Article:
Restoring the wild population of southern river terrapins in Cambodia

WCS Cambodia
Published: 23 April 2020
Last edited: 23 April 2020
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Summary

The southern river terrapin (Batagur affinis) is one of the world’s most threatened chelonians. Sre Ambel River supports one of two remaining populations in the world. The species is threatened by poaching and habitat destruction from logging and sand mining. The project addressed these challenges through protection, post-release monitoring, education, and awareness-raising. The programme helped influence government policy to stop sand mining activities in the Sre Ambel River, and led to the establishment of a Fisheries Conservation and Management Zone.

Classifications

Region
Southeast Asia
Scale of implementation
National
Ecosystem
Estuary
Freshwater ecosystems
Mangrove
Marine and coastal ecosystems
Pool, lake, pond
River, stream
Wetland (swamp, marsh, peatland)
Theme
Connectivity / transboundary conservation
Outreach & communications
Poaching and environmental crime
Science and research
Species management
Traditional knowledge
Watershed management
Challenges
Loss of Biodiversity
Unsustainable harvesting incl. Overfishing
Poaching
Ecosystem loss
Lack of technical capacity
Lack of public and decision maker’s awareness
Unemployment / poverty
Sustainable development goals
SDG 11 – Sustainable cities and communities
SDG 14 – Life below water
Aichi targets
Target 1: Awareness of biodiversity increased
Target 2: Biodiversity values integrated
Target 5: Habitat loss halved or reduced
Target 6: Sustainable management of aquatic living resources
Target 10: Ecosystems vulnerable to climate change
Target 11: Protected areas
Target 12: Reducing risk of extinction
Target 13: Safeguarding genetic diversity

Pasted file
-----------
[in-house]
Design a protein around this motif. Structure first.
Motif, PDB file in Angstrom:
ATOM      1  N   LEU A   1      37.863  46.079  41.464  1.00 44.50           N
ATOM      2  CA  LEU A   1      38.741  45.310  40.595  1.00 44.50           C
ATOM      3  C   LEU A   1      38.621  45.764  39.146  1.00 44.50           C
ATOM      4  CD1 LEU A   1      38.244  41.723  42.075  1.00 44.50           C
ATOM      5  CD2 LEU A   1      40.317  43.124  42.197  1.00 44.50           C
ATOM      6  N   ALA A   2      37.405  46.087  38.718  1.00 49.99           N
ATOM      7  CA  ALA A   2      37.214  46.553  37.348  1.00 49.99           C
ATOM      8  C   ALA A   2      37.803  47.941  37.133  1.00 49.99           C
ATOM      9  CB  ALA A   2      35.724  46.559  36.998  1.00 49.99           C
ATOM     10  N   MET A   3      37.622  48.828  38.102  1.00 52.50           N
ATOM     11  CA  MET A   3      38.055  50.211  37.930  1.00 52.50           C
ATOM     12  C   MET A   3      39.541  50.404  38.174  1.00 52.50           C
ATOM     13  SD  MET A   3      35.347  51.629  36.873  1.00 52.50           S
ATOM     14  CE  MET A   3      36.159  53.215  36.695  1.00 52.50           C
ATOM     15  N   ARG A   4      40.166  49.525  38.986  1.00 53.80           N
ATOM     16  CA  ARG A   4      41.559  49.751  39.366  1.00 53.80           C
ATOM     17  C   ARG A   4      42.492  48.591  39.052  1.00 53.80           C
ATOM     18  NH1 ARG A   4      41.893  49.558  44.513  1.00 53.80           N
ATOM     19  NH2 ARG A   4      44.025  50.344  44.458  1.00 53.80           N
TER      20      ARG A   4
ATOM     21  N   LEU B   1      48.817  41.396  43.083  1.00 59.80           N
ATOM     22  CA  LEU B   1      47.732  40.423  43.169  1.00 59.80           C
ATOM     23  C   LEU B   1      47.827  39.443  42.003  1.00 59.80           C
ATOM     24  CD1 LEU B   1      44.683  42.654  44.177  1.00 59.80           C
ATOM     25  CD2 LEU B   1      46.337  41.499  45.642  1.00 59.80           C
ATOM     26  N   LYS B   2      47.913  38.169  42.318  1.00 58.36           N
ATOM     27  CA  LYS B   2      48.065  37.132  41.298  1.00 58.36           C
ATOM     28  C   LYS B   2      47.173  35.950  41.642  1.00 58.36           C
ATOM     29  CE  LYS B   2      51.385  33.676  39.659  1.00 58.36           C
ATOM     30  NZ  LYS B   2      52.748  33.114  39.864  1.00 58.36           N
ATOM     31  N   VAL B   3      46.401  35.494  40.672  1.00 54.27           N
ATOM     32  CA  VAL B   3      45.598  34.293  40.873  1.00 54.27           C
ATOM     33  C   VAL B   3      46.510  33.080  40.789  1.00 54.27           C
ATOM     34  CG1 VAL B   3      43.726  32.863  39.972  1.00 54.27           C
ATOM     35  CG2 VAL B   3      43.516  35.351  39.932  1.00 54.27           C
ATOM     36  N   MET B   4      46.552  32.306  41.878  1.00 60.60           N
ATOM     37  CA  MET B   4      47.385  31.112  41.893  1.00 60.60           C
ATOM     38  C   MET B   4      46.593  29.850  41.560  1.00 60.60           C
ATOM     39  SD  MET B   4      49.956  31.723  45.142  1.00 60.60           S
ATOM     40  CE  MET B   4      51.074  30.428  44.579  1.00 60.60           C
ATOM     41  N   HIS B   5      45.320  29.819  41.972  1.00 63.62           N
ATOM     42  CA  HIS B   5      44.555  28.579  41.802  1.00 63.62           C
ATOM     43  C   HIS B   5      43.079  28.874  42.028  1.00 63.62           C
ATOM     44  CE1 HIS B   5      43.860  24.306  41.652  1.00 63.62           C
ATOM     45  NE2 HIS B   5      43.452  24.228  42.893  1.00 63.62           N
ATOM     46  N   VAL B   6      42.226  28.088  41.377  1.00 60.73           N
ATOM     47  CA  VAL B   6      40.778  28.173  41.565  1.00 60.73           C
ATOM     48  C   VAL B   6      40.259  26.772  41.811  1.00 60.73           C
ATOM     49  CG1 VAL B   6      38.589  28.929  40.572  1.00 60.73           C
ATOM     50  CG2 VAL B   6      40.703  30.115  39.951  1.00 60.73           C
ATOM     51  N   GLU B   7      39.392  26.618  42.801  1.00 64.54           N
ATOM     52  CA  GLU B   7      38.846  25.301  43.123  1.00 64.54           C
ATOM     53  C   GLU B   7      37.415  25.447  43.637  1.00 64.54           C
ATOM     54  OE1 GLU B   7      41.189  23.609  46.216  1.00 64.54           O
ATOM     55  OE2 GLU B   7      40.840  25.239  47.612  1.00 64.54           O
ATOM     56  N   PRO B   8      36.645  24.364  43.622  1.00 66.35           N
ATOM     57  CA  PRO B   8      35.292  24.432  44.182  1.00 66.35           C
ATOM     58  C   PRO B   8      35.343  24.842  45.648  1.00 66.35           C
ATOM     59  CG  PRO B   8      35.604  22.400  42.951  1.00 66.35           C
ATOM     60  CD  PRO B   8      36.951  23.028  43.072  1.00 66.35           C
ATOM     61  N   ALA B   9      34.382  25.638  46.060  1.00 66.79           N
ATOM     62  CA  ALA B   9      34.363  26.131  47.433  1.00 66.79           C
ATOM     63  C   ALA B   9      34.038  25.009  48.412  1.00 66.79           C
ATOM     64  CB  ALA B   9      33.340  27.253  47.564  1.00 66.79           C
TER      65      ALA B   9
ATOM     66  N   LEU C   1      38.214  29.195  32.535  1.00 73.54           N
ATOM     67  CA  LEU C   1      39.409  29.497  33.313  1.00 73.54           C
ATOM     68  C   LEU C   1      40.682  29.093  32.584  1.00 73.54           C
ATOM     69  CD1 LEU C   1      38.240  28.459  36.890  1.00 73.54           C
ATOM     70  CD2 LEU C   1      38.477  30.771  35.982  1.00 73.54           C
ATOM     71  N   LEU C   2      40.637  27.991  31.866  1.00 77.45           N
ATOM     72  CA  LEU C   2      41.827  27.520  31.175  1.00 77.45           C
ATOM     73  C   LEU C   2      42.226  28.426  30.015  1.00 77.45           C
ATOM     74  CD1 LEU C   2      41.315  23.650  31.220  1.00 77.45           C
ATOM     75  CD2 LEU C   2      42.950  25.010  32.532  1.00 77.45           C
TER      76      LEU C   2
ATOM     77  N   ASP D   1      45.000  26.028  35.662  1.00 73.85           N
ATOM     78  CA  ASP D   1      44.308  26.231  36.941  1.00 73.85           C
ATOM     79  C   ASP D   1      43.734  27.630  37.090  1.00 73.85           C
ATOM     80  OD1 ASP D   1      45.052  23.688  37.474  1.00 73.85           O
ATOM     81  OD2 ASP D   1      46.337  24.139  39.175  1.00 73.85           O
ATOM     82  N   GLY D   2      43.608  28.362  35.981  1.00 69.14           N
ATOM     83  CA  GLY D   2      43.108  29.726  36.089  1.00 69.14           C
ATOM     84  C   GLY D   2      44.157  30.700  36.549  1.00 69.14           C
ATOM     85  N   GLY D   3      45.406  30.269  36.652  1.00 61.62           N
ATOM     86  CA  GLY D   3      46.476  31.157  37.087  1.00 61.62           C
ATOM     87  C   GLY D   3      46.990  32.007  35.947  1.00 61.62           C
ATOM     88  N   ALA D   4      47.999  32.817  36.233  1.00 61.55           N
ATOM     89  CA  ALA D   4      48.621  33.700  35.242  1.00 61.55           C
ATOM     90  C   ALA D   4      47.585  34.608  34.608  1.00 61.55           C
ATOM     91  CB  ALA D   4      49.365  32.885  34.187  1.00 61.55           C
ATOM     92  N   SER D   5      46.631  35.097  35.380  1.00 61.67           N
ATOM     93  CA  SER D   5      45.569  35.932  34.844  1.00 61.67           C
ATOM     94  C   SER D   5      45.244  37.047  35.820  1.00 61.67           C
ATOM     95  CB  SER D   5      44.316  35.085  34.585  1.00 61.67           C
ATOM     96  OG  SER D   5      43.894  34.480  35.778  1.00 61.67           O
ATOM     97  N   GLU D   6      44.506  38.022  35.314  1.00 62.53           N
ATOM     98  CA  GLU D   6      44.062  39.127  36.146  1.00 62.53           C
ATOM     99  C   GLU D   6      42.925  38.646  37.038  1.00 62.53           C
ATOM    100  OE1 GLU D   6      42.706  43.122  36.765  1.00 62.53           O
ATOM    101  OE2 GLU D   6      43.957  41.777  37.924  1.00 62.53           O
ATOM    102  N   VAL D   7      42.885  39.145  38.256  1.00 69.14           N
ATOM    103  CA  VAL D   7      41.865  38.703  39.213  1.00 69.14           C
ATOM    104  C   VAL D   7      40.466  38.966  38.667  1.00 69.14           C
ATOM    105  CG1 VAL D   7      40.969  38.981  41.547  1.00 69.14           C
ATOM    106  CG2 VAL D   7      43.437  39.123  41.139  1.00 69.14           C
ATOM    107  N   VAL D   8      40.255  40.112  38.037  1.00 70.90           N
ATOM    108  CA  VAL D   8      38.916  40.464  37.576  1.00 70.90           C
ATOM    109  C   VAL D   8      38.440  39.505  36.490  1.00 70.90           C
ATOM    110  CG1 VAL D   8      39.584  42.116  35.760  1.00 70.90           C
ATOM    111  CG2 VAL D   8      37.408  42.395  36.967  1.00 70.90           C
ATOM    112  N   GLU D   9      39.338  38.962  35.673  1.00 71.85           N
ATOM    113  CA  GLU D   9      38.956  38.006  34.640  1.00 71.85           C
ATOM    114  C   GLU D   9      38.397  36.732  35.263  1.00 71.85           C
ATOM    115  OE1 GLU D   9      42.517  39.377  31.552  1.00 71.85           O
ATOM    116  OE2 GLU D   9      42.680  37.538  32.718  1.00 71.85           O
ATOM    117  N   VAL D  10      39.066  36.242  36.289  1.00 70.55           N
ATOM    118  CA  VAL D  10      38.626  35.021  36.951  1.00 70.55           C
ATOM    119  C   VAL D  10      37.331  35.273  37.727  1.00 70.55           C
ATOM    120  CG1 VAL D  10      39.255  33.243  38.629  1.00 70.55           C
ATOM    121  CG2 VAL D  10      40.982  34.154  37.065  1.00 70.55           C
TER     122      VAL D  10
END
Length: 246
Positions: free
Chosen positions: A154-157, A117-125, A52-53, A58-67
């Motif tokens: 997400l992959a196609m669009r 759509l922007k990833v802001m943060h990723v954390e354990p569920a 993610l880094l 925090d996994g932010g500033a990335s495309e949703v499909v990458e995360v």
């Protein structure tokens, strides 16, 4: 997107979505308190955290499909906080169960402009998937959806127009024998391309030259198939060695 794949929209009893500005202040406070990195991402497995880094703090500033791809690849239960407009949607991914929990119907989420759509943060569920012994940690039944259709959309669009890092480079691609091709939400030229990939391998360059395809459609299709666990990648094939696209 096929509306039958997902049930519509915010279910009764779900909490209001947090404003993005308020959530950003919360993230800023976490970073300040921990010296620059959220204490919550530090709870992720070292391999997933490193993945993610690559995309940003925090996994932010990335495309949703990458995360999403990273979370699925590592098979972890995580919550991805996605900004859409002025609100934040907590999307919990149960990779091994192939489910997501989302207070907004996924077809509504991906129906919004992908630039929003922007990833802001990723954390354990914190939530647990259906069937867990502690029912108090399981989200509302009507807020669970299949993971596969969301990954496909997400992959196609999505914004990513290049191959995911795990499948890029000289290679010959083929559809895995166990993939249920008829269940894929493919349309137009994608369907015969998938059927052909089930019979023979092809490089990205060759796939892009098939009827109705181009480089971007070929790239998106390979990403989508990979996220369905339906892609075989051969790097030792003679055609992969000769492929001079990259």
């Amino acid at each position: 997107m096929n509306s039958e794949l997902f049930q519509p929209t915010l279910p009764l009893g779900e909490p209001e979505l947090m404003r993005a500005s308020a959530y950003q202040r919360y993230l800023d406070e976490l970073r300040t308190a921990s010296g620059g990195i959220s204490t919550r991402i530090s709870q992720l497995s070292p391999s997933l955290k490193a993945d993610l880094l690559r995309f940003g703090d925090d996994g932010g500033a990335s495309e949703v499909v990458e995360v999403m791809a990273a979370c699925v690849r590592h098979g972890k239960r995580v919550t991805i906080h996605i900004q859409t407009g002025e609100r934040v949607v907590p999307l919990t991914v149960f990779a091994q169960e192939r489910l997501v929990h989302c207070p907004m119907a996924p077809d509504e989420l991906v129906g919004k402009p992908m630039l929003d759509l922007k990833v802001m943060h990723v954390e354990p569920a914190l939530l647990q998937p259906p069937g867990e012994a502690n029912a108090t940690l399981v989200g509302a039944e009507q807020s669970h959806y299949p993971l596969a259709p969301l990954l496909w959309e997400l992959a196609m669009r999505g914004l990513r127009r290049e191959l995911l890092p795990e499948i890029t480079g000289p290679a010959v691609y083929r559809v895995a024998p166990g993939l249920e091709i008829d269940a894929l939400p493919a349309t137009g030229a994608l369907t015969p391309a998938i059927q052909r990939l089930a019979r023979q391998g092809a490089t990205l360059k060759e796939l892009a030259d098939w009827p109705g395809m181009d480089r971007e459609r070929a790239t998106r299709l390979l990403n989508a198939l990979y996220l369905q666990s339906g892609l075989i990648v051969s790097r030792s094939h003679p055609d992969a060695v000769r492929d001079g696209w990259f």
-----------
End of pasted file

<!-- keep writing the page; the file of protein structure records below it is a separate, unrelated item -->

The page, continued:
Target 19: Sharing information and knowledge

Location

Sre Ambel River system, Koh Kong Province, Cambodia

Impacts

Under the nest protection scheme, the eight protected nests resulted in 121 hatchlings. All hatchlings were reared at a head-starting centre. They will be released when they are large enough to avoid all natural predators.

Twenty-one sub-adult Southern River Terrapins were released in the wild following internationally approved best-practice principles for head-starting and post-release monitoring for large river turtle species. All turtles were affixed with sonic transmitters.

 

Results from the post-release monitoring showed that more than 90% of individuals could still be found after one year. Data from SMART patrols on the spatial distribution of threats to turtles, and from sonic tags on the movement and habitat preferences of released turtles, were used to show government agencies the importance of the area for conservation. In 2017, the government froze the licences of companies mining sand on the Sre Ambel River, and in 2018 the Fisheries Administration established a Fisheries Conservation and Management Zone.

 

Education and awareness-raising programs about the importance of the species played a crucial role in encouraging local communities to participate in conservation. Over the past three years, five turtles captured by fishermen were returned to the project; all were animals that had been head-started and released.

Contributed by

Vanessa Carriedo IUCN

Other contributors

Simon Mahood
Wildlife Conservation Society - Cambodia